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In the northeast corner of Illinois you can find the city of Round Lake and the Round Lake Area Public Library. The courtyard at the library has been landscaped and is a certified wildlife habitat by the National Wildlife Federation. I recently contacted the library to find out more about their habitat and Debbie Allen, the Head of Youth Services was kind enough to respond. She helps take care of the courtyard and was responsible for getting it certified. At the end of the interview enjoy a slideshow of images of the courtyard through the seasons, kindly provided by Debbie Allen. I hope more libraries follow this example. What an excellent opportunity for nature education!

How was it decided to create wildlife habitat in your courtyard and to get it certified?

I have a background in Earth Science and Conservation and do nature programs at the library so the courtyard was like a mini classroom for some of our programs.  My own backyard is a certified habitat so that was how I was familiar with that program.

What kind of challenges did you face?

We have a limited budget as to how much to spend for plantings, birdseed, feeders, etc.

How has the public reacted to it?

The public has enjoyed our annual Plant Pals program where kids and parents plant flowers and other plants in the courtyard each summer.  We have added picnic tables and a bench for patrons to further enjoy that area. We have patrons who sit in the courtyard and use their laptops. Other people just come and enjoy the quiet.

In what way do you incorporate it into library programs?

Each June we have a Plant Pals program in which patrons help beautify the courtyard by planting flowers and sees.  Last fall a local school group came  to rake leaves, clean up the dead plants and de-litter the area. Since we recently added picnic tables this summer, I plan to take my nature club into the courtyard this fall  to observe how plants are reacting to the advancing fall season.  Storytime sessions may use it this fall, also.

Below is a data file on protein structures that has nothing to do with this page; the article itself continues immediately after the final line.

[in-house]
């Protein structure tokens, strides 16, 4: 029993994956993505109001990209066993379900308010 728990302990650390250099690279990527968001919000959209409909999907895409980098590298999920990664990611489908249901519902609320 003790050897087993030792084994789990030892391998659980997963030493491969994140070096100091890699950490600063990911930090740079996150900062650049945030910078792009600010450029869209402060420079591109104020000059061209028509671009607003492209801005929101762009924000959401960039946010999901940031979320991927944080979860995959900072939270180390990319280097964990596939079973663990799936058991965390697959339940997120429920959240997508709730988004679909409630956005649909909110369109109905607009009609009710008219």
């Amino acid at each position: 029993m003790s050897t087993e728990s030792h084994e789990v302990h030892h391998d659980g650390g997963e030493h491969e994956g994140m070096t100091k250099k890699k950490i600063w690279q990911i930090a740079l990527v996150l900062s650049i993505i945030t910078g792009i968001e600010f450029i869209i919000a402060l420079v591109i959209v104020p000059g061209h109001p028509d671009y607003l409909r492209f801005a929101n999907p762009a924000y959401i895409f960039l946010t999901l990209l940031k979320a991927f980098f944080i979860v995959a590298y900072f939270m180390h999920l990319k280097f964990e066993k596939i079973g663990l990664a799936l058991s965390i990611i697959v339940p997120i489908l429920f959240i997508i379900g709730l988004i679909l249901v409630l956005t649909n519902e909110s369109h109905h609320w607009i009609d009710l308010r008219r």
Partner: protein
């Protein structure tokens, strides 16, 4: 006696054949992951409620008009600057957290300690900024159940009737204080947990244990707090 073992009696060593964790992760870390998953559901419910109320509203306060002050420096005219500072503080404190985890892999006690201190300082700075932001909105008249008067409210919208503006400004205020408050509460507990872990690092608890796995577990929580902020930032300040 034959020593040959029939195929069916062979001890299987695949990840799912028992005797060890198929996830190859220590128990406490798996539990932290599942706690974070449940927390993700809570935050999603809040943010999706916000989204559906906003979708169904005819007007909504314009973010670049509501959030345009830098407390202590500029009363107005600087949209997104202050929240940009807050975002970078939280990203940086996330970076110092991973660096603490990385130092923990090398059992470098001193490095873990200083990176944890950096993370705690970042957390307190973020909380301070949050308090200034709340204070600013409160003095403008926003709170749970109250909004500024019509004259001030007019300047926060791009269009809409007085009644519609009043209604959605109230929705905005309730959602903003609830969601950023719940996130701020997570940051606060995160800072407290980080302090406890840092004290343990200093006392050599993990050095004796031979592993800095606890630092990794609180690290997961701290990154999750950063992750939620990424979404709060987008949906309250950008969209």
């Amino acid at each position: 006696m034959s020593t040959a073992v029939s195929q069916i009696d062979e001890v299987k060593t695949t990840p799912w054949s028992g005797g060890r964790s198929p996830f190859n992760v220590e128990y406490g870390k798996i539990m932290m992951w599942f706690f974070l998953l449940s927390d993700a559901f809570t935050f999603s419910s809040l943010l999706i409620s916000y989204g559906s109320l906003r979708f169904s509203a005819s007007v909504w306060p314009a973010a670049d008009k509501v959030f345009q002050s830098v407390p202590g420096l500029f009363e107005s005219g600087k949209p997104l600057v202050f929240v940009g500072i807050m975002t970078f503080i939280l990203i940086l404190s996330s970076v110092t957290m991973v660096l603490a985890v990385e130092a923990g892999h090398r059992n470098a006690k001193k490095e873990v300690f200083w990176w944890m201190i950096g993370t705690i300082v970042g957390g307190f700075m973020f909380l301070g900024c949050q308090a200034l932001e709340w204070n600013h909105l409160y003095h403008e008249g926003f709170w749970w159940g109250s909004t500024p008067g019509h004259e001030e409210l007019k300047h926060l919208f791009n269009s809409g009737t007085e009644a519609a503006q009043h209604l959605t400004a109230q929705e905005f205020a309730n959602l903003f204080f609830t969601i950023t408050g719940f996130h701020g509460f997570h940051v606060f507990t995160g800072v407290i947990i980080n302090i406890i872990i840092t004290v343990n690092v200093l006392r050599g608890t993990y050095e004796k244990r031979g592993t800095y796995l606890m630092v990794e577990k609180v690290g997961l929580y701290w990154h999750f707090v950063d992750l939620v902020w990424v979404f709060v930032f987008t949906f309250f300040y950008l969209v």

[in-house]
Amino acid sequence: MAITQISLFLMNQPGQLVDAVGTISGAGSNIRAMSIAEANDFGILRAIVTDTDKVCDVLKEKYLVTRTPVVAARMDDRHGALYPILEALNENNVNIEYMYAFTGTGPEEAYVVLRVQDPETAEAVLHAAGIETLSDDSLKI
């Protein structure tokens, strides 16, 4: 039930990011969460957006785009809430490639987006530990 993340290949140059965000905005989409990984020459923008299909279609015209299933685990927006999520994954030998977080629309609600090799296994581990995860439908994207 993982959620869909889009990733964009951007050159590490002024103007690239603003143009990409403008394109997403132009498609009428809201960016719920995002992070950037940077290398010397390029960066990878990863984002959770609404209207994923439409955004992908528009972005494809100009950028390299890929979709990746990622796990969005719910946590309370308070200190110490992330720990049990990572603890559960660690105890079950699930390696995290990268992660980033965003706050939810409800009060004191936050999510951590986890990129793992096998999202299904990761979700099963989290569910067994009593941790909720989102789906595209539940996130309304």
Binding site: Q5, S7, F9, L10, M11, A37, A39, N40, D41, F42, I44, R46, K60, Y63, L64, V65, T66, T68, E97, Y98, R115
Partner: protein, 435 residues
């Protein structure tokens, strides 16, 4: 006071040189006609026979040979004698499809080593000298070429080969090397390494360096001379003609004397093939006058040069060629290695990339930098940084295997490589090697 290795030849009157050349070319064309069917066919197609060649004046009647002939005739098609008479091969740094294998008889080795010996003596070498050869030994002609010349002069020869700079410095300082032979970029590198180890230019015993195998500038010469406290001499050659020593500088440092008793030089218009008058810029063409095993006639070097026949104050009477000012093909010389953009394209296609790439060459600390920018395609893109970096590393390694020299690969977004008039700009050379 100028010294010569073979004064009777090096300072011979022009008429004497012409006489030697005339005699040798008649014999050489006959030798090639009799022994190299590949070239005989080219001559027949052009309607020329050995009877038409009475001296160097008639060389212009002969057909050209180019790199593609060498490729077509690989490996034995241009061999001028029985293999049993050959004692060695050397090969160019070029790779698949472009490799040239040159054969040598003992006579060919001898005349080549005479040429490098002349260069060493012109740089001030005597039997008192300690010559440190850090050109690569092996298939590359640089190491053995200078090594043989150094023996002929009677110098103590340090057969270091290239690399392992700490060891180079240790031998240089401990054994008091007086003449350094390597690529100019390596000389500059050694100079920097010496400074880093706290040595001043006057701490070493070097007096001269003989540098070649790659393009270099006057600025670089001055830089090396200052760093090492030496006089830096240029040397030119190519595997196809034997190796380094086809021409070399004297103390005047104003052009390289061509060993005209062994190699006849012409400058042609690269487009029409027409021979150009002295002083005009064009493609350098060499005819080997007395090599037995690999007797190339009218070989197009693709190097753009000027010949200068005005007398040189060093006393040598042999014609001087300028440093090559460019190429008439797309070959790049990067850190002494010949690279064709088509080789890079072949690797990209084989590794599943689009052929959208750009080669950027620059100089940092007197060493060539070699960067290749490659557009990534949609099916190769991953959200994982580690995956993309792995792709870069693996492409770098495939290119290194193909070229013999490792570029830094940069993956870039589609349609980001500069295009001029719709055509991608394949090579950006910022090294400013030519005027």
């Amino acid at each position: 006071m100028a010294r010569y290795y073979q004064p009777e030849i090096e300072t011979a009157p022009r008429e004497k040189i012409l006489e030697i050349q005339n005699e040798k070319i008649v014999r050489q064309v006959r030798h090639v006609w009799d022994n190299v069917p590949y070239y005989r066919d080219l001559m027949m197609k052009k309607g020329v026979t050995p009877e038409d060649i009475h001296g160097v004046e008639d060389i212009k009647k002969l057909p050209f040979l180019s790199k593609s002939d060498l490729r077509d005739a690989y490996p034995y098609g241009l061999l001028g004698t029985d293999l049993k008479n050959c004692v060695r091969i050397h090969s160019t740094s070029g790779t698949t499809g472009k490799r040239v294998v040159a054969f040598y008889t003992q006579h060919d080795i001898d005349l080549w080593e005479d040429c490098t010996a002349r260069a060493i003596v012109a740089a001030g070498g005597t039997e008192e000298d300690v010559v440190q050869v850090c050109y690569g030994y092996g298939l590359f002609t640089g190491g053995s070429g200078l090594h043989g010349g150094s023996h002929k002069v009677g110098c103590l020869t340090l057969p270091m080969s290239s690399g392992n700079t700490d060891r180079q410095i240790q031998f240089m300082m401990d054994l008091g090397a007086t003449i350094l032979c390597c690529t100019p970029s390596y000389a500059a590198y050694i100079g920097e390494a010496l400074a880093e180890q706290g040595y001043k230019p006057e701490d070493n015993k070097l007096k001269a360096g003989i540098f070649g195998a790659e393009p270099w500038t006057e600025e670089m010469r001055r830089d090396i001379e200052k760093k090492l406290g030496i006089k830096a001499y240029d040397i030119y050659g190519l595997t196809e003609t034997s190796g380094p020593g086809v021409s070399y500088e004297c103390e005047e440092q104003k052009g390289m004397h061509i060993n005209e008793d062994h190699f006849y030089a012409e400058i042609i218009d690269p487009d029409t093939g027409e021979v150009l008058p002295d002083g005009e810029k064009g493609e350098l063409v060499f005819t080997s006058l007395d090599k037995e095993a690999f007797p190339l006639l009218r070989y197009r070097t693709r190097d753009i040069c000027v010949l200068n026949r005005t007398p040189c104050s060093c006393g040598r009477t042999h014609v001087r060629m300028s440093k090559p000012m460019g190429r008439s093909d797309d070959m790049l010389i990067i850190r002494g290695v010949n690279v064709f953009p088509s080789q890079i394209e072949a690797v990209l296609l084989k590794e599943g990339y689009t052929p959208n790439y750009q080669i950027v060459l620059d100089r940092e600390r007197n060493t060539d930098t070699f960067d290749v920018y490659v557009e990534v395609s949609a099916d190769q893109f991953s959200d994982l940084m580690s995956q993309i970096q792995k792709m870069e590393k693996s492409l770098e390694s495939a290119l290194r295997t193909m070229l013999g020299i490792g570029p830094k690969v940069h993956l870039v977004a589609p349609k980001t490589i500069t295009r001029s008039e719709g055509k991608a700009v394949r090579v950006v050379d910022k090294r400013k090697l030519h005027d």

What was the design theory for the habitat?

When I first started planting 10 years ago,there were some ornamental trees and a few bushes.  I added more bushes and perennials.  My aim was for shelter and housing for the birds and other wildlife.

What types of plants have you planted?

Each year we plant flowering annuals in flower beds,put up hanging flower baskets,  plant herbs in containers, etc. I have also planted ferns, arborvitae, spirea, holly, hostas.

What other types of elements have been added such as water, shelter, housing etc.?

We added a birdbath, 3 birdfeeders, 1 hummingbird feeder, niger seed sock for goldfinches, and a birdhouse.

Do you keep track of what species or types of wildlife are seen?

Last winter we were part of a Cornell University bird count and I kept weekly records of the birds who visited our courtyard.

What have you seen? Birds, mammals, insects, etc?

We have seen cardinals, orioles, goldfinches, chickadees, bluejays, robins, mourning doves, house sparrows, crows,juncoes,  house finches and more. I don’t know who visits at night but staff have seen squirrels,chipmunks, a rabbit (once) and a lost groundhog. Insects: bees, wasps, monarch butterflies, mosquitoes, and ants.

How do you manage coexisting with the wildlife?

We(staff) enjoy watching the wildlife through our staff lounge windows. By providing food, water and shelter we help them survive while they give us entertainment and moments of peaceful contemplation. Patrons enjoy looking at the plants and watching the birds feed from the feeders.

Further Reading::

Round Lake Area Public Library

Round Lake Area Public Library Plant Pals Photos

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Kelly Brenner

Kelly Brenner

Kelly Brenner is a naturalist, writer and photographer based in Seattle. She is the author of NATURE OBSCURA: A City’s Hidden Natural World from Mountaineers Books. She writes freelance articles about natural history and has bylines in Crosscut, Popular Science, National Wildlife Magazine and others. On the side she writes fiction. Kelly holds a bachelors degree in landscape architecture from the University of Oregon and a certificate in non-fiction writing from the University of Washington.

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